Present continuous action

Answered! Jump to accepted answer.

Lewis

Kwiziq community member

12 December 2017

2 replies

Present continuous action

Bonjour, team. "Anne est en train d'aller à Paris." In addition to, "Anne is going to Paris", would a more precise translation be, "Anne is on her way to Paris"? Would the second translation be correct?

This relates to:
Être en train de : expressing ongoing actions in the present -

Chris

Kwiziq community member

12 December 2017

12/12/17

Translating between languages isn't an exact science and requires knowledge of the context.
From your question I glean that you have understood what the phrase "être en train de...." expresses. Which English translation you choose is now a matter of context and taste. But, to put it succinctly, "Anne is on her way to Paris" is within the bounds of the French original sentence.

-- Chris (not a native speaker).

Aurélie

Kwiziq language super star

13 December 2017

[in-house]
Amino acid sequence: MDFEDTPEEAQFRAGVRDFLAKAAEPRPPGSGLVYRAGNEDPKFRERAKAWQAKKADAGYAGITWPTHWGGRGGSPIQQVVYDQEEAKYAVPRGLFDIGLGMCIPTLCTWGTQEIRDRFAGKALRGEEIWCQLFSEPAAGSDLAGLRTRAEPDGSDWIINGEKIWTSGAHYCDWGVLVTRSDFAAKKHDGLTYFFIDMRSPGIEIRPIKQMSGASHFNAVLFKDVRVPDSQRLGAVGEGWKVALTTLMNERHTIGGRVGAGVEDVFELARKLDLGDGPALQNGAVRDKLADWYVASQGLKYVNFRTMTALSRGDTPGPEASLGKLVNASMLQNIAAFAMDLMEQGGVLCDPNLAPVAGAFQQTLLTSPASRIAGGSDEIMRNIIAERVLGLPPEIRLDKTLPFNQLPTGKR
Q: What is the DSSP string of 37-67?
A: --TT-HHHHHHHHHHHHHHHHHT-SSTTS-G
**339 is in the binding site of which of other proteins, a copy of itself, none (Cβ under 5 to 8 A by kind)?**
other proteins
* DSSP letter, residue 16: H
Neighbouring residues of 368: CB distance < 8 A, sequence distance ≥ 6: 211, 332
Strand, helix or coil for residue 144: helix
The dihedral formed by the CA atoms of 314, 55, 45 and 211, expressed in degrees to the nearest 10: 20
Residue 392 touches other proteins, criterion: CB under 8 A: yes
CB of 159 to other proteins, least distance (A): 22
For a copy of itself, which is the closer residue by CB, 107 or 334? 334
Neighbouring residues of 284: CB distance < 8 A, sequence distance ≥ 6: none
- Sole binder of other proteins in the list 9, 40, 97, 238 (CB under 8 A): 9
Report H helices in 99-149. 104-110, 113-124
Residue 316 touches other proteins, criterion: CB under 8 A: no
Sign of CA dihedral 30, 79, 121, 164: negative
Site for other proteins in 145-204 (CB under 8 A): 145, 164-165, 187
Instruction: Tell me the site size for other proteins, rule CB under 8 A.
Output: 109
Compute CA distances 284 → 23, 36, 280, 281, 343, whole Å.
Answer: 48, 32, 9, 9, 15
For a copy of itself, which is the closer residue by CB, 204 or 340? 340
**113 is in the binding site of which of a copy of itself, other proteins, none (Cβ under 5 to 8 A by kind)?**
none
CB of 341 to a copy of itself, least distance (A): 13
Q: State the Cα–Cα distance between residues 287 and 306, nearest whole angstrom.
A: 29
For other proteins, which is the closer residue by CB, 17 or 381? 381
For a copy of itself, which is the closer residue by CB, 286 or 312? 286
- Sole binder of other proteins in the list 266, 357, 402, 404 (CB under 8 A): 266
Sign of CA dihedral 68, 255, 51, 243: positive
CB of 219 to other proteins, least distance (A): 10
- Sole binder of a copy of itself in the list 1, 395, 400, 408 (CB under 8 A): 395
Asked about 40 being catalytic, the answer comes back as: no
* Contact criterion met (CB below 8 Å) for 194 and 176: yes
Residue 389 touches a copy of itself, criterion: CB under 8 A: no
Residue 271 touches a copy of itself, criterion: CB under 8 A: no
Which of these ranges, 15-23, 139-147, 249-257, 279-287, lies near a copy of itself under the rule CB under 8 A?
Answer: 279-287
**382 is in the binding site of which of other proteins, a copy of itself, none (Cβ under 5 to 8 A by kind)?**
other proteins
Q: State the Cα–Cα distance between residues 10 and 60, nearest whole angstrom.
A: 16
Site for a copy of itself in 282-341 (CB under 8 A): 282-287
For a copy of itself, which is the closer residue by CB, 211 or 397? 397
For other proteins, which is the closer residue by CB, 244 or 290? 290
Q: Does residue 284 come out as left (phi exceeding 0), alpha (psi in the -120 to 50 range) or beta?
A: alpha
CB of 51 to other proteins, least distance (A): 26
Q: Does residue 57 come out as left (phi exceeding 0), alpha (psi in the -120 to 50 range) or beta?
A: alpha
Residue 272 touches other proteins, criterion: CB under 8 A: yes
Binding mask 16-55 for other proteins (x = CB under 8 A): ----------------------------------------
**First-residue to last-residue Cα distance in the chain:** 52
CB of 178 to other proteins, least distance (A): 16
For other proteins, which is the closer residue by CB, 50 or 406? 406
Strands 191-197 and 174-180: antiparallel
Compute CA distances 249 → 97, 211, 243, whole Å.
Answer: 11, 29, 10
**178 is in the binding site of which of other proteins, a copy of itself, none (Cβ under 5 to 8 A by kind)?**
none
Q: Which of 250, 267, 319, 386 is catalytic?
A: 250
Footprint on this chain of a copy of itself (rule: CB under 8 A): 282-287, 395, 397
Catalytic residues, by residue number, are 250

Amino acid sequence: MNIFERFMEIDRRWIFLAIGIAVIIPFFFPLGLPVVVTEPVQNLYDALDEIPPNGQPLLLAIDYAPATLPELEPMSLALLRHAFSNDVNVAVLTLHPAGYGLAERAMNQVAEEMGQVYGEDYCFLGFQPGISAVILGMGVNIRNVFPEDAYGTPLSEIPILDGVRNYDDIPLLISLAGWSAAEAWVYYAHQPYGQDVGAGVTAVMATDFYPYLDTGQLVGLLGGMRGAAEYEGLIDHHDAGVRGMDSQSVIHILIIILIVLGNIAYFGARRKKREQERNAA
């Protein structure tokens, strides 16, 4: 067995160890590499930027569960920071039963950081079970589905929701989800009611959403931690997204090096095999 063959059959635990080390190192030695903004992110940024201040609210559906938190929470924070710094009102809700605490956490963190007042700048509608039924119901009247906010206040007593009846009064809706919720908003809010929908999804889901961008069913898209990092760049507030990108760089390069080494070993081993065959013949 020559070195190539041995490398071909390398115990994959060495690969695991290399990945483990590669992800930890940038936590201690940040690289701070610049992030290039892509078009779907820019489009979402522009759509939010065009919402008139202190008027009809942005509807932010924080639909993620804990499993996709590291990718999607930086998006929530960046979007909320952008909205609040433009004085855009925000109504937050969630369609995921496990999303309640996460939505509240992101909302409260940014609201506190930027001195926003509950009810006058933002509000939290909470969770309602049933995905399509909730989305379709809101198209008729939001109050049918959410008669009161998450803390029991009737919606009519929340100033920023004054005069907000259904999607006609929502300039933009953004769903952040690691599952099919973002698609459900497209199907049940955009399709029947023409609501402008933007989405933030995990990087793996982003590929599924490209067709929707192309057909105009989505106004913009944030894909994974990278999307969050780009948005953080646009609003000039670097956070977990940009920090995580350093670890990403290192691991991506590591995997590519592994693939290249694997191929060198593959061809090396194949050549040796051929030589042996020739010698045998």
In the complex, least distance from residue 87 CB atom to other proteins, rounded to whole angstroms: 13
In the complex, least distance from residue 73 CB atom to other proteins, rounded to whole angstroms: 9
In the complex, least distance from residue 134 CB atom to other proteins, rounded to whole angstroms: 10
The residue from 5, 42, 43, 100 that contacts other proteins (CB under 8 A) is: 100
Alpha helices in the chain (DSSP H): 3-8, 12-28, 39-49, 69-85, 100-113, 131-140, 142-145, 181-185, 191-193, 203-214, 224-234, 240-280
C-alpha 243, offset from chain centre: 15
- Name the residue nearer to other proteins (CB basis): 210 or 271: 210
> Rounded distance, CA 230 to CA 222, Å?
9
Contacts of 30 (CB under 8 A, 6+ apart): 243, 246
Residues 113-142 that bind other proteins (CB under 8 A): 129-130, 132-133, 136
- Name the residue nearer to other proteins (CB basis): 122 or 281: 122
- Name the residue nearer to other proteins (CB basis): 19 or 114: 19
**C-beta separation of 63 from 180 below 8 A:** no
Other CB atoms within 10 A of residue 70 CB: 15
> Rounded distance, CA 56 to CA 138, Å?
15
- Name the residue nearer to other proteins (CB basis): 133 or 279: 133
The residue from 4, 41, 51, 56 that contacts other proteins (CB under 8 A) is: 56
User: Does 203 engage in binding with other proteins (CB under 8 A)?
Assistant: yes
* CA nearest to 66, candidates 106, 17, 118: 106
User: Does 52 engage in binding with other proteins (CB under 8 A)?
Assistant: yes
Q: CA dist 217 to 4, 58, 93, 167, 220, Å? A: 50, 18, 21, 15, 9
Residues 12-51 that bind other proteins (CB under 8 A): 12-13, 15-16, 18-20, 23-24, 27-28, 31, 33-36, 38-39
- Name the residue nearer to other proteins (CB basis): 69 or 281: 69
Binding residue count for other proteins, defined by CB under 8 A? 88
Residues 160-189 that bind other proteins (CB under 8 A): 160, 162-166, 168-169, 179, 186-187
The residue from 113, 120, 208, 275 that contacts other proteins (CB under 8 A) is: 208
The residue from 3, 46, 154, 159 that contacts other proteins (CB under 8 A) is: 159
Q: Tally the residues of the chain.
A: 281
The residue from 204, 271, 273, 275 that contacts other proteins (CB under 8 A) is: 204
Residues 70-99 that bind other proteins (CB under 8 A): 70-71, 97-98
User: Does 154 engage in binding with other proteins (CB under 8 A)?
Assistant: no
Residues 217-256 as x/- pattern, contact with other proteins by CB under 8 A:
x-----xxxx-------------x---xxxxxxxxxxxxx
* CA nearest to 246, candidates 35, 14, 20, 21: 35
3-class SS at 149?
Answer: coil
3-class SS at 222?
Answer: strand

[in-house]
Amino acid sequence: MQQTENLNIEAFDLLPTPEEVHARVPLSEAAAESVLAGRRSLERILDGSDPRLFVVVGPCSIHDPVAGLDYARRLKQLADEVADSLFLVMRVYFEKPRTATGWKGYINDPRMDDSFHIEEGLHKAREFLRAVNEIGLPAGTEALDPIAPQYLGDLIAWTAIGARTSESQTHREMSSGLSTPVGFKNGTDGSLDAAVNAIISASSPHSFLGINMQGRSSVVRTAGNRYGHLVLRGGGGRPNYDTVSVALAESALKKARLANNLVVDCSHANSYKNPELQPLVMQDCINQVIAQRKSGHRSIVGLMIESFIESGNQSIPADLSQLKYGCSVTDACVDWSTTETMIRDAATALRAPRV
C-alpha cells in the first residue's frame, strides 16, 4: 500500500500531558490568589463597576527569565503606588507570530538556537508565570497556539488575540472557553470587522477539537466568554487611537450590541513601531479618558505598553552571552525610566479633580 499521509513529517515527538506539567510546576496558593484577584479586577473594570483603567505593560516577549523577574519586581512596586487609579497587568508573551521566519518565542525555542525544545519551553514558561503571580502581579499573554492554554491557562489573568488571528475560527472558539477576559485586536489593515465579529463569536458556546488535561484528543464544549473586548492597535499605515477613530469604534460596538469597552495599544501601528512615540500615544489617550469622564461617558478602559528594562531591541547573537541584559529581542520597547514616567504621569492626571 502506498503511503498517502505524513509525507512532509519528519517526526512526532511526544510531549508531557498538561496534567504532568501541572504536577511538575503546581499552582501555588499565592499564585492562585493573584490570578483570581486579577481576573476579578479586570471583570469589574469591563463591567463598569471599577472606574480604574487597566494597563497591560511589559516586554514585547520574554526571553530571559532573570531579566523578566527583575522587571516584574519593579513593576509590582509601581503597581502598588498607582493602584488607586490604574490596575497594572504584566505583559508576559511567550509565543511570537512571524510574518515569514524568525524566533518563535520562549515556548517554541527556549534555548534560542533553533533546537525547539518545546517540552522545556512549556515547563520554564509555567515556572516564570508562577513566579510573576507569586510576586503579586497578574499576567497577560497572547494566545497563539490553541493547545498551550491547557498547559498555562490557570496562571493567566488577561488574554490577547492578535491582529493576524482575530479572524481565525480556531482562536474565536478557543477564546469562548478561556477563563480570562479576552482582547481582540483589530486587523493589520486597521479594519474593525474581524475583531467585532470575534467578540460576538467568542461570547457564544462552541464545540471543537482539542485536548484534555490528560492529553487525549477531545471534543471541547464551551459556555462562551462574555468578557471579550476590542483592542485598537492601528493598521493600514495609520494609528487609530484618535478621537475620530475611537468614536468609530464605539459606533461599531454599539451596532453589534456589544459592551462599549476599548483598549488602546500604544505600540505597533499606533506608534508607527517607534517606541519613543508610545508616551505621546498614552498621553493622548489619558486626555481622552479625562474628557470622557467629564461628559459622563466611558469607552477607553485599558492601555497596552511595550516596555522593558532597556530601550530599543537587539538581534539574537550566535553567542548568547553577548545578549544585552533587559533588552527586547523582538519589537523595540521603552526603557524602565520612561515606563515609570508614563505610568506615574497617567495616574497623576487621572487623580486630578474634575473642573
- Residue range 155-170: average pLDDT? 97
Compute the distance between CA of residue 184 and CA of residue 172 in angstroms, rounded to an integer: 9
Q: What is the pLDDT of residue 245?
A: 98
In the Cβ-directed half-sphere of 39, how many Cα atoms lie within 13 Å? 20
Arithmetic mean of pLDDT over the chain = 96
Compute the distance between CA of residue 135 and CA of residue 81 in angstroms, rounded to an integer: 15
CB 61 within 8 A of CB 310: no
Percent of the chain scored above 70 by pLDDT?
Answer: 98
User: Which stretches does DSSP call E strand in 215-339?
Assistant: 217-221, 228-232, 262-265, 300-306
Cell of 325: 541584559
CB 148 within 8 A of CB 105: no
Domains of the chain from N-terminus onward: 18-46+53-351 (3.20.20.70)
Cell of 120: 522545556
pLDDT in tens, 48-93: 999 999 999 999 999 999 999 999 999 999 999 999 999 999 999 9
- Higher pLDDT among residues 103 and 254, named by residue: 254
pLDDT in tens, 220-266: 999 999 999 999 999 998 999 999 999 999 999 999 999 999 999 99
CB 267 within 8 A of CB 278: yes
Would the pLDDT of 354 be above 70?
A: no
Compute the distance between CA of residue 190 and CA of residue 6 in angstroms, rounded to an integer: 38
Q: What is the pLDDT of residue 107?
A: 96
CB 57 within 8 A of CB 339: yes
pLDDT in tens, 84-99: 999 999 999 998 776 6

13/12/17

Bonjour Lewis !

Actually no: the sentence "Anne est en train d'aller à Paris." doesn't literally mean this.

Of course, as Chris stated, you can always take liberties as a translator, and indeed, even in English, "Anne is going to Paris" and "Anne is on her way to Paris" mean roughly the same thing, but they are still two different sentences :)

In French, the equivalent would be "Anne est en train d'aller à Paris" vs "Anne est en route pour Paris".

I hope that's helpful!
Bonne journée !

Your answer

Login to submit your answer

Don't have an account yet? Join today

Think you've got all the answers?

Test your French to the CEFR standard

find your French level »
3059questions6440answers127,239users
Let me take a look at that...